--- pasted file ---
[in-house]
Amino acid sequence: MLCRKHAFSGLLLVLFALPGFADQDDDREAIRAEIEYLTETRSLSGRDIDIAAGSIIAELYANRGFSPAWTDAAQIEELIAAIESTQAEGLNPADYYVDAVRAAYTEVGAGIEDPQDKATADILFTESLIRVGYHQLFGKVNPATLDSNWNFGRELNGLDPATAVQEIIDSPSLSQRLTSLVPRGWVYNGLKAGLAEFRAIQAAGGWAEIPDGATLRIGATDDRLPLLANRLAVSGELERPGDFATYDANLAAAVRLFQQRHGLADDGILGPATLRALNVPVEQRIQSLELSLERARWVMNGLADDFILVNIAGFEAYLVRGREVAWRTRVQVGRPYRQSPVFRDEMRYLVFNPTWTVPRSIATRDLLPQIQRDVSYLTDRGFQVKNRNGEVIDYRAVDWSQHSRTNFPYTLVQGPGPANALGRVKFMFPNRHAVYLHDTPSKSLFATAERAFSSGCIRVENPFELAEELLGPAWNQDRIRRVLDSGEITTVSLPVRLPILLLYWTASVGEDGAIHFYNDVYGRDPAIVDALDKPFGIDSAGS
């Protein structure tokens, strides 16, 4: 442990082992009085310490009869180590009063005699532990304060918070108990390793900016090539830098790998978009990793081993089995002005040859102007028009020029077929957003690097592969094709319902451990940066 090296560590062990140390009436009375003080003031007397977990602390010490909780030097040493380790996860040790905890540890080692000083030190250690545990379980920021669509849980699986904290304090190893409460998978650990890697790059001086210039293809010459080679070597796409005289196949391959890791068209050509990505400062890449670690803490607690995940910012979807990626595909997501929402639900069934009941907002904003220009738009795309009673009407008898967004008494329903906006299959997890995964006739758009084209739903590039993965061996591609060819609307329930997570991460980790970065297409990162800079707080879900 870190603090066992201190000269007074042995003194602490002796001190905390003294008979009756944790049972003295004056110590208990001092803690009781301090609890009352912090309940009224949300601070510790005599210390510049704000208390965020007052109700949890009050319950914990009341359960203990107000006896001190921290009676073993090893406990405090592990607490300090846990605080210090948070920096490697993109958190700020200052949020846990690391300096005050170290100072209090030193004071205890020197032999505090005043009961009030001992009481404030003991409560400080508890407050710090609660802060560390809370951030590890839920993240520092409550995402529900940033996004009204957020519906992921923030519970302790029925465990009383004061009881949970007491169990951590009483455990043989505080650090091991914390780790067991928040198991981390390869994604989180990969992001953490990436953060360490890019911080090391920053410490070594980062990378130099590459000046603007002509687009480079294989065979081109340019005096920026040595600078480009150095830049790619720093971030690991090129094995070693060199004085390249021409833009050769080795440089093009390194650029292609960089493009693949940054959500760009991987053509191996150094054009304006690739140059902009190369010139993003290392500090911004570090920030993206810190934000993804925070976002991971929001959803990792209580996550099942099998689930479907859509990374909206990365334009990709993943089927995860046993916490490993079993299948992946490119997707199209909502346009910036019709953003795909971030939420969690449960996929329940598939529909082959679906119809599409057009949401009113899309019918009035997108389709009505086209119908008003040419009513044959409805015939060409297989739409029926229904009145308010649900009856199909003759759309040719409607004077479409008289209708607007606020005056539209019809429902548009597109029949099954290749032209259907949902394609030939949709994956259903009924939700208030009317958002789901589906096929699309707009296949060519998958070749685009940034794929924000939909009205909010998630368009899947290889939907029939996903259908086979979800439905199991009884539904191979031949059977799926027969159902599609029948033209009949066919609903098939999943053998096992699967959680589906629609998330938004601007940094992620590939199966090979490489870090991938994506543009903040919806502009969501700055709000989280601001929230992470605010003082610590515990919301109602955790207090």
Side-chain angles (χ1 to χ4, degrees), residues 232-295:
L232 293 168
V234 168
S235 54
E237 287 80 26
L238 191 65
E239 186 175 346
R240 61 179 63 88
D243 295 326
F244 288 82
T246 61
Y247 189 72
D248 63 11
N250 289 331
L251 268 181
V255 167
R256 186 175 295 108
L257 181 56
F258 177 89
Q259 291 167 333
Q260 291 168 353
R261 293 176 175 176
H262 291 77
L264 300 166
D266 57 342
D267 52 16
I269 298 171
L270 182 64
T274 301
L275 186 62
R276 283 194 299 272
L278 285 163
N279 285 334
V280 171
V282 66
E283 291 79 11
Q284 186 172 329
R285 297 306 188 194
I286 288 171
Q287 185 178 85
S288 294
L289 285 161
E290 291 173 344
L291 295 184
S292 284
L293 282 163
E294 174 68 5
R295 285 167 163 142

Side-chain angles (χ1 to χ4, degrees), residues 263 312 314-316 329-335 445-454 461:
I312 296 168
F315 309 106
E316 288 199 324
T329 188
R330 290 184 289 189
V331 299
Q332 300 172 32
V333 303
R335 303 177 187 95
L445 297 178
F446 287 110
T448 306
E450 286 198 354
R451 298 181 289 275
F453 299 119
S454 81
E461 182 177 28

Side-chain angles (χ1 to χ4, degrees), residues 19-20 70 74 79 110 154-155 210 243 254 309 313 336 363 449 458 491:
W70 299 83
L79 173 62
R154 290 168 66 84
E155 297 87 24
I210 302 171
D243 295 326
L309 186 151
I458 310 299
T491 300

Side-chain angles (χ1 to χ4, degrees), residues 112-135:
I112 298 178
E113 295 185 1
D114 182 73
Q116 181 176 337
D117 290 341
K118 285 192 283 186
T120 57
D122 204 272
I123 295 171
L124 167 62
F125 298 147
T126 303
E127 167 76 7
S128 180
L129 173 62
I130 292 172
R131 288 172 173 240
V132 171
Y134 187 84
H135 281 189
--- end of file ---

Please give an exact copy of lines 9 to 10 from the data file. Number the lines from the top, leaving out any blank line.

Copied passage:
L238 191 65
E239 186 175 346